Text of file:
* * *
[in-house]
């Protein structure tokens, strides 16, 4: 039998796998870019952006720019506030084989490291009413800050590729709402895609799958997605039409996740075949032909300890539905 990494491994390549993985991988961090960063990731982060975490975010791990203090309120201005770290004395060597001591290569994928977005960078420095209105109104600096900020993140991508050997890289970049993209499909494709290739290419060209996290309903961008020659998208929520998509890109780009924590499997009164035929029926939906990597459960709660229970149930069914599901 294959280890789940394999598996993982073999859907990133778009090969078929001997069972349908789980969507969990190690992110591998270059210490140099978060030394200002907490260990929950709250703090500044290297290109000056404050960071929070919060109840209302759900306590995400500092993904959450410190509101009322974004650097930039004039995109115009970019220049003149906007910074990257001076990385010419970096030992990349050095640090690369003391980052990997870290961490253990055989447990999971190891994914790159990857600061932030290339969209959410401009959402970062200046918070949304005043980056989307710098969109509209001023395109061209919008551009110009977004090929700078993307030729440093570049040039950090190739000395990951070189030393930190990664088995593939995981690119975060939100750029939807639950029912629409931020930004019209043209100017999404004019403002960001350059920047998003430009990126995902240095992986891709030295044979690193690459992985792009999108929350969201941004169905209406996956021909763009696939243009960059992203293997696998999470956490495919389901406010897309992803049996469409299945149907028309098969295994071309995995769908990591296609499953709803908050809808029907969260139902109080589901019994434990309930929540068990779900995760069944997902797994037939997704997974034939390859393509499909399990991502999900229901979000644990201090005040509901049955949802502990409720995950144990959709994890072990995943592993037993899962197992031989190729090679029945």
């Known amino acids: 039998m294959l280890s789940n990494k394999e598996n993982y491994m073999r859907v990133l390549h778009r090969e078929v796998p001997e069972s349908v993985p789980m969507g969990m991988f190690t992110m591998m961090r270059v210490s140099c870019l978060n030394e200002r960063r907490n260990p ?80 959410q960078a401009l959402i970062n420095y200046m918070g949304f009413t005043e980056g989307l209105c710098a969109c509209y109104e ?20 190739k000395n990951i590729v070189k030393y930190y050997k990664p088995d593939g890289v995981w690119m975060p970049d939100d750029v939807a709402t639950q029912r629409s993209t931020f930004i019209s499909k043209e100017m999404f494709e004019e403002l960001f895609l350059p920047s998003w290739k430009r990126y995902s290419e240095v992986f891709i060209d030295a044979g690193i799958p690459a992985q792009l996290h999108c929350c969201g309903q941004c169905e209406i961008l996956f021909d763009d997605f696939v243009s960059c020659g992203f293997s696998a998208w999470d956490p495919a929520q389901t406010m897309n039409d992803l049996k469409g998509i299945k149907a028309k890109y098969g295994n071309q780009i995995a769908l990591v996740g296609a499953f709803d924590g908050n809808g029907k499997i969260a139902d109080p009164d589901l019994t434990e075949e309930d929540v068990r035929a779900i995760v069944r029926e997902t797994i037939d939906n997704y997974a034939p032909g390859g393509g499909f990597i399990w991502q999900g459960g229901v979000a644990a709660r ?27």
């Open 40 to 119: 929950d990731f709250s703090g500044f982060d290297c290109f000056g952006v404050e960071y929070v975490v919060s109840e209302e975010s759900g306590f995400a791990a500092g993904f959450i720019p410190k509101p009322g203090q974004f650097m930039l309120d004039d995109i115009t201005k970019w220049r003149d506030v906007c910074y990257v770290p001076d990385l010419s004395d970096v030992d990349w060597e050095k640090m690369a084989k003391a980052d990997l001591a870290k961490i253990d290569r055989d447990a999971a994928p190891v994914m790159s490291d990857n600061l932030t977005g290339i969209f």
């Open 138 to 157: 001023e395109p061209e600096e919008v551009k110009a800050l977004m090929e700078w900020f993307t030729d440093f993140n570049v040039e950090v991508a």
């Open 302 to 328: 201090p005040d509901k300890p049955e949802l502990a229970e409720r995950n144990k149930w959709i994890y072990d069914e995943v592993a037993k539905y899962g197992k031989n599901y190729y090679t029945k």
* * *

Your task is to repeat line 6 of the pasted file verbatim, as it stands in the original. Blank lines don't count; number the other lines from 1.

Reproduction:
């Open 302 to 328: 201090p005040d509901k300890p049955e949802l502990a229970e409720r995950n144990k149930w959709i994890y072990d069914e995943v592993a037993k539905y899962g197992k031989n599901y190729y090679t029945k």